Graded Vesting

AAA

DEFINITION of 'Graded Vesting'

The process by which employees gain a certain percentage of irrevocable rights over employer contributions made to the employee's retirement plan account each year until the employee is fully vested. With graded vesting, an employee will become vested in at least 20% of their accrued benefits following an initial period of service, with an additional 20% in each following year until full vesting occurs. The initial period of service can vary depending on how the employer determines the amount of its contributions.

INVESTOPEDIA EXPLAINS 'Graded Vesting'

For example, if an employer's contribution is based on a fixed percentage of the employee's contribution, the initial period of service might be two years. After two years, the employee would be 20% vested, after three years, 40%, with the employee eventually becoming fully vested after six years. Graded vesting differs from cliff vesting where employees become immediately 100% vested following an initial period of service.

Employers must follow certain federal laws that determine the longest allowable vesting periods; however, they are able to choose shorter periods. In addition, if a plan is terminated, all participants become fully vested immediately.

RELATED TERMS
  1. Vesting

    The process by which employees accrue non-forfeitable rights ...
  2. Graduated Vesting

    The accelerated benefits employees receive as they increase the ...
  3. Qualified Retirement Plan

    A plan that meets requirements of the Internal Revenue Code and ...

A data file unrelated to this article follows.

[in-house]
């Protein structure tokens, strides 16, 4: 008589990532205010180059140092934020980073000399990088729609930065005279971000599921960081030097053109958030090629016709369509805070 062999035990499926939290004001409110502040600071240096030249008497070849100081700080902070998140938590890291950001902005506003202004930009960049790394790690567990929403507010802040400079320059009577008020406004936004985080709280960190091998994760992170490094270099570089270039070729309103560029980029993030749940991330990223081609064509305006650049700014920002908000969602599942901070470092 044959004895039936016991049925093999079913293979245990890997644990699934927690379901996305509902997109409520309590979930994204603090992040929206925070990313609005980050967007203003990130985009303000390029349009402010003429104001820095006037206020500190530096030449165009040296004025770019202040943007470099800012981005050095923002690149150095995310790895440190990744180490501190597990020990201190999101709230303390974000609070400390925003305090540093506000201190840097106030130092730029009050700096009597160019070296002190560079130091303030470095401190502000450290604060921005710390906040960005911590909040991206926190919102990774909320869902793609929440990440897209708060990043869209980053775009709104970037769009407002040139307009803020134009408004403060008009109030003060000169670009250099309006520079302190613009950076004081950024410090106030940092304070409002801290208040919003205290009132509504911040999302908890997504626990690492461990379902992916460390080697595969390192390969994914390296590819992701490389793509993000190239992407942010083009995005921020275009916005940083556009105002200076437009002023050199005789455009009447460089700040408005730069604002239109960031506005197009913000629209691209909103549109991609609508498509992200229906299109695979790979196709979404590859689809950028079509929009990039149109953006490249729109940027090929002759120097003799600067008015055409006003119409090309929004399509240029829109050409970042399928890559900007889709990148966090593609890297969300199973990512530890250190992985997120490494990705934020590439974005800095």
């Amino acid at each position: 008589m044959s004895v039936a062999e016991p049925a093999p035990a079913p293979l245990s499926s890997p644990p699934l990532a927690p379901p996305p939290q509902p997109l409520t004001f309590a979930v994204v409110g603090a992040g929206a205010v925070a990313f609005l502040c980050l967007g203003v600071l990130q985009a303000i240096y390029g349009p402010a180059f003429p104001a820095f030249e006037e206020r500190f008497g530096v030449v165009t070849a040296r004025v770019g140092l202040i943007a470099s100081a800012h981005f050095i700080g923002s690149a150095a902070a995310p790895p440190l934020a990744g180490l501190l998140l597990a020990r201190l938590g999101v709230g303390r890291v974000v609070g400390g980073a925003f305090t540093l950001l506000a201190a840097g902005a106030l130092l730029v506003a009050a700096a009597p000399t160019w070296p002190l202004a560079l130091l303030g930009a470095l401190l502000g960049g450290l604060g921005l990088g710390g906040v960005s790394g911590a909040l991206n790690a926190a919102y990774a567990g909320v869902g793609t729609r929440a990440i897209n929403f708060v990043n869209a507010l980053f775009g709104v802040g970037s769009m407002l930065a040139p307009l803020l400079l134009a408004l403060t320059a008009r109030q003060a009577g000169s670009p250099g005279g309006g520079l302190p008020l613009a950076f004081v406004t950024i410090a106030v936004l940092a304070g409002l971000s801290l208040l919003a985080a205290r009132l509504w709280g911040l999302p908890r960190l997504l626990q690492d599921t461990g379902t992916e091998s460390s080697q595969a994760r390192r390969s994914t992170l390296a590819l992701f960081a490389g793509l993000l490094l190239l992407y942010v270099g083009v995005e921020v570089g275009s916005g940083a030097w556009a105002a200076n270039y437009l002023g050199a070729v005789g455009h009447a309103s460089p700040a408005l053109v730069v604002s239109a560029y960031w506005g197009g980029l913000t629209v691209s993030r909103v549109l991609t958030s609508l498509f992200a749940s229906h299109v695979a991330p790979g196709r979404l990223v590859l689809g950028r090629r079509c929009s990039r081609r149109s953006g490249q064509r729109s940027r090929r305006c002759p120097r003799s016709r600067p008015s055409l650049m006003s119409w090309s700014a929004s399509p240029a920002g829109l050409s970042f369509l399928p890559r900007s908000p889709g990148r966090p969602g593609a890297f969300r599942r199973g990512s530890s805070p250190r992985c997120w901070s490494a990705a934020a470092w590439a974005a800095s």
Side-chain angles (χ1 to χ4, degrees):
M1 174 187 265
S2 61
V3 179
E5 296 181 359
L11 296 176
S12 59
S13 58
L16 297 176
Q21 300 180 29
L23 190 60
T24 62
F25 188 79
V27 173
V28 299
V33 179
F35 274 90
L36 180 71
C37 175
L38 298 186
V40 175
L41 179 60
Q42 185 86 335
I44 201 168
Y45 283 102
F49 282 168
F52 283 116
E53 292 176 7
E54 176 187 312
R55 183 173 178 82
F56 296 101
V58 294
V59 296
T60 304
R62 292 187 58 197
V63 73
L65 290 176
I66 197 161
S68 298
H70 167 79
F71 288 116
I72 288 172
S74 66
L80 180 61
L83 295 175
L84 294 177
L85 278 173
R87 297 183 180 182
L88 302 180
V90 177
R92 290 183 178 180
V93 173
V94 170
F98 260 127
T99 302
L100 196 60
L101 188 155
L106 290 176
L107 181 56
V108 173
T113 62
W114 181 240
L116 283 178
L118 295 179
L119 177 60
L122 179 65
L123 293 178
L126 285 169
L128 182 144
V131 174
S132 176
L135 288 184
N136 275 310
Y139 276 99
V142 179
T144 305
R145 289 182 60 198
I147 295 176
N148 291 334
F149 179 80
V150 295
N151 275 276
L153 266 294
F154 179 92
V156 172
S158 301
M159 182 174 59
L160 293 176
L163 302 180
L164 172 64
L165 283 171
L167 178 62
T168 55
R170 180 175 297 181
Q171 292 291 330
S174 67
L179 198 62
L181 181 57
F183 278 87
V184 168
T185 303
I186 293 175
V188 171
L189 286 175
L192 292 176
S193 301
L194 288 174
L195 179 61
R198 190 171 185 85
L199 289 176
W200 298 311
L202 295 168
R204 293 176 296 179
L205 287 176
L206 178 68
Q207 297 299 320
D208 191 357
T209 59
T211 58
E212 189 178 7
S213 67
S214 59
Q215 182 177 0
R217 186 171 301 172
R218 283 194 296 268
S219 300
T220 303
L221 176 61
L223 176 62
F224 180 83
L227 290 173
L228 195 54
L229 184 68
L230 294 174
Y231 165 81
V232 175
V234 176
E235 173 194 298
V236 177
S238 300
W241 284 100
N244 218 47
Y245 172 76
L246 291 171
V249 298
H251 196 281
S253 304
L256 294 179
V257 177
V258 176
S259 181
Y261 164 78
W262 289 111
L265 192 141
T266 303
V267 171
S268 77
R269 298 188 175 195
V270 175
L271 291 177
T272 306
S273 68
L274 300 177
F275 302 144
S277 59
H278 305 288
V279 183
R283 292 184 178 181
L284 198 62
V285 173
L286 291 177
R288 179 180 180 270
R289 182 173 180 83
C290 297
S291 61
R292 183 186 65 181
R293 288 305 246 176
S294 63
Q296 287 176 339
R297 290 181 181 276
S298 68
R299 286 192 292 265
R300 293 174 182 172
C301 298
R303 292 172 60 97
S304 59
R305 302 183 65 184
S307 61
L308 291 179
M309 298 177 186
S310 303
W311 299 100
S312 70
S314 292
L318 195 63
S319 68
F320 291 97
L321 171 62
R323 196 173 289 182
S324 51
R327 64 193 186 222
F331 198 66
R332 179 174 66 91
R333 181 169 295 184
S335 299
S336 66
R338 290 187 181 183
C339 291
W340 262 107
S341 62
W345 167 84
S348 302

4. Accelerated Vesting

    A form of vesting that takes place at a faster rate than the ...
  5. Cliff Vesting

    The process by which employees earn the right to receive full ...
  6. 401(k) Plan

    A qualified plan established by employers to which eligible employees ...
RELATED FAQS
  1. Does my employer's matching contribution count towards the maximum I can contribute ...

    Contributions to 401(k) plans come from employee salary deferral and employer match dollars. According to the IRS, employees ... Read Full Answer >>
  2. How much will an employer generally contribute to a 401(a) plan?

    The amount an employer contributes to an employee's 401(a) retirement savings plan can vary from plan to plan. 401(a) plans ... Read Full Answer >>
  3. When can benefits be received from a provident fund?

    Like most retirement savings vehicles, participants in provident funds are eligible to receive benefits at retirement. However, ... Read Full Answer >>
  4. Is Social Security Income a perpetuity?

    Because Social Security income does not continue indefinitely, it cannot be classified as a perpetuity. What Is a Perpetuity? A ... Read Full Answer >>
  5. What types of investments are allowed in a provident fund?

    Different provident funds have different investment rules and restrictions. The allowable investments in an Indian provident ... Read Full Answer >>
  6. How does a provident fund compare to U.S. Social Security?